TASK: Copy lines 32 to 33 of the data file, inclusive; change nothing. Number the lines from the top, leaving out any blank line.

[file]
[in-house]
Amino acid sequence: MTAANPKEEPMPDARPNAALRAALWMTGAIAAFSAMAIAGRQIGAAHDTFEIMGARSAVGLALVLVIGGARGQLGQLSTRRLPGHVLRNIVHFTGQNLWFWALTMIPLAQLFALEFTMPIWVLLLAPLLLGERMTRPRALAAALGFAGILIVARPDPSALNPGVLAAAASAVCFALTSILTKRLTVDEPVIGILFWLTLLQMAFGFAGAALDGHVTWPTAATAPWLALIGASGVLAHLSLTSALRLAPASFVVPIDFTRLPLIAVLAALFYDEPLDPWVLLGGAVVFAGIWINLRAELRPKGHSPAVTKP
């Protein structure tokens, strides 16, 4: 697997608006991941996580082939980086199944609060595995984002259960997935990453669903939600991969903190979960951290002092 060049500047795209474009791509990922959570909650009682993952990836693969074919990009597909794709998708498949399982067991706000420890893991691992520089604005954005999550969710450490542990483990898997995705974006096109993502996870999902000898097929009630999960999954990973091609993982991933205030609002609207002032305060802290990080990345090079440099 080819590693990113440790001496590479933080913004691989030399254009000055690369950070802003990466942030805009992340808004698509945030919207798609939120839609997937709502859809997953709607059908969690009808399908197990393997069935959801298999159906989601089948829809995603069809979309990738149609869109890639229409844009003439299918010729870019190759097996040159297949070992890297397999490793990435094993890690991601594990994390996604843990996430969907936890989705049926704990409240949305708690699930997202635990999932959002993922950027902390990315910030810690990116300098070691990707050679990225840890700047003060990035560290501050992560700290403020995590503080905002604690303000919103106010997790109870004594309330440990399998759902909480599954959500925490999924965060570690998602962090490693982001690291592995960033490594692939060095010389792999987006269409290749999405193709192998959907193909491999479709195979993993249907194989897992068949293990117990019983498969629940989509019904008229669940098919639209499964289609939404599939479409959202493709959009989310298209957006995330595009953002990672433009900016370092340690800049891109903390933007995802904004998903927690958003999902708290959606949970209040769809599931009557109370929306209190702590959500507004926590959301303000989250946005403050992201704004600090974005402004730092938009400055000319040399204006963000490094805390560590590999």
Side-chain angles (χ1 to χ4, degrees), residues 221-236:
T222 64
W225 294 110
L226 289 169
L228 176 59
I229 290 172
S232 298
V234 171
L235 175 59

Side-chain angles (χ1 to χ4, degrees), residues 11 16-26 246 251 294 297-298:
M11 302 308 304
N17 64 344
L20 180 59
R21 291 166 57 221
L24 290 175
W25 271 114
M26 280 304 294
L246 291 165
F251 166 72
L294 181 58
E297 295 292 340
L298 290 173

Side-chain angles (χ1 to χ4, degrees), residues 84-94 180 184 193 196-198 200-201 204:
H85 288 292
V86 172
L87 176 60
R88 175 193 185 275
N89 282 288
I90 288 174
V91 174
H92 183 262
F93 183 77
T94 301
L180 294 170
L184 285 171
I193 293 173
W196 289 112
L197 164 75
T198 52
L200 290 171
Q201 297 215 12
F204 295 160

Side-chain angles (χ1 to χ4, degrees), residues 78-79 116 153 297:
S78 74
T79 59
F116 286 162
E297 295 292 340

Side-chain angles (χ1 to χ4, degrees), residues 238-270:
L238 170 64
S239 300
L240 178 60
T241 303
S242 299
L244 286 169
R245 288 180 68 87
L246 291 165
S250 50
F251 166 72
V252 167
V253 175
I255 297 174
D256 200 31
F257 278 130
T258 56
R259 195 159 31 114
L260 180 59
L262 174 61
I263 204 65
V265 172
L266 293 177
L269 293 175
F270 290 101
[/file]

I90 288 174
V91 174